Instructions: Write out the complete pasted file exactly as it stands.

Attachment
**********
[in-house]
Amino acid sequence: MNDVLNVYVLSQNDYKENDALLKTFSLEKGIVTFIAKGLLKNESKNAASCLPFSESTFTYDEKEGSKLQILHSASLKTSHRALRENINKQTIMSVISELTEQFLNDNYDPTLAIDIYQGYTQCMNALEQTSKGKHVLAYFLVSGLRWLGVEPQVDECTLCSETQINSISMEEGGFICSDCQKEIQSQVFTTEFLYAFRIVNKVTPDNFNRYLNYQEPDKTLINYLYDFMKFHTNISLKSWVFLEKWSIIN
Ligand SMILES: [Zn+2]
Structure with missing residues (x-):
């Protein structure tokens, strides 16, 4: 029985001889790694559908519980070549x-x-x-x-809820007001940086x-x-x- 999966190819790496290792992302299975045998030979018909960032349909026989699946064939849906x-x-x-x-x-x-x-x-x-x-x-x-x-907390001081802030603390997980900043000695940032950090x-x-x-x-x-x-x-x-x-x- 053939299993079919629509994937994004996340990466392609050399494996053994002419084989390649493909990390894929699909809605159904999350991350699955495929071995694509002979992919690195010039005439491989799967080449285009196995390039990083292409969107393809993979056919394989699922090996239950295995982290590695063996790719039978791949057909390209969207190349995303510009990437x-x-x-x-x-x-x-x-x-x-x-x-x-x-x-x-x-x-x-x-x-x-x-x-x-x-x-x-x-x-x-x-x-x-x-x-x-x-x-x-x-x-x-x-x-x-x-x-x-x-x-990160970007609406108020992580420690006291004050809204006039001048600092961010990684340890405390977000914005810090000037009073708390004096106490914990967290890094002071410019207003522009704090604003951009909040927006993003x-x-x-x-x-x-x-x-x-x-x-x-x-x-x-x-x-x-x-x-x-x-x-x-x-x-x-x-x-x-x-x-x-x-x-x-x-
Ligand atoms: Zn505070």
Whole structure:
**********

[in-house]
Amino acid sequence: MNDVLNVYVLSQNDYKENDALLKTFSLEKGIVTFIAKGLLKNESKNAASCLPFSESTFTYDEKEGSKLQILHSASLKTSHRALRENINKQTIMSVISELTEQFLNDNYDPTLAIDIYQGYTQCMNALEQTSKGKHVLAYFLVSGLRWLGVEPQVDECTLCSETQINSISMEEGGFICSDCQKEIQSQVFTTEFLYAFRIVNKVTPDNFNRYLNYQEPDKTLINYLYDFMKFHTNISLKSWVFLEKWSIIN
Ligand SMILES: [Zn+2]
Structure with missing residues (x-):
């Protein structure tokens, strides 16, 4: 029985001889790694559908519980070549x-x-x-x-809820007001940086x-x-x- 999966190819790496290792992302299975045998030979018909960032349909026989699946064939849906x-x-x-x-x-x-x-x-x-x-x-x-x-907390001081802030603390997980900043000695940032950090x-x-x-x-x-x-x-x-x-x- 053939299993079919629509994937994004996340990466392609050399494996053994002419084989390649493909990390894929699909809605159904999350991350699955495929071995694509002979992919690195010039005439491989799967080449285009196995390039990083292409969107393809993979056919394989699922090996239950295995982290590695063996790719039978791949057909390209969207190349995303510009990437x-x-x-x-x-x-x-x-x-x-x-x-x-x-x-x-x-x-x-x-x-x-x-x-x-x-x-x-x-x-x-x-x-x-x-x-x-x-x-x-x-x-x-x-x-x-x-x-x-x-x-990160970007609406108020992580420690006291004050809204006039001048600092961010990684340890405390977000914005810090000037009073708390004096106490914990967290890094002071410019207003522009704090604003951009909040927006993003x-x-x-x-x-x-x-x-x-x-x-x-x-x-x-x-x-x-x-x-x-x-x-x-x-x-x-x-x-x-x-x-x-x-x-x-x-
Ligand atoms: Zn505070």
Whole structure: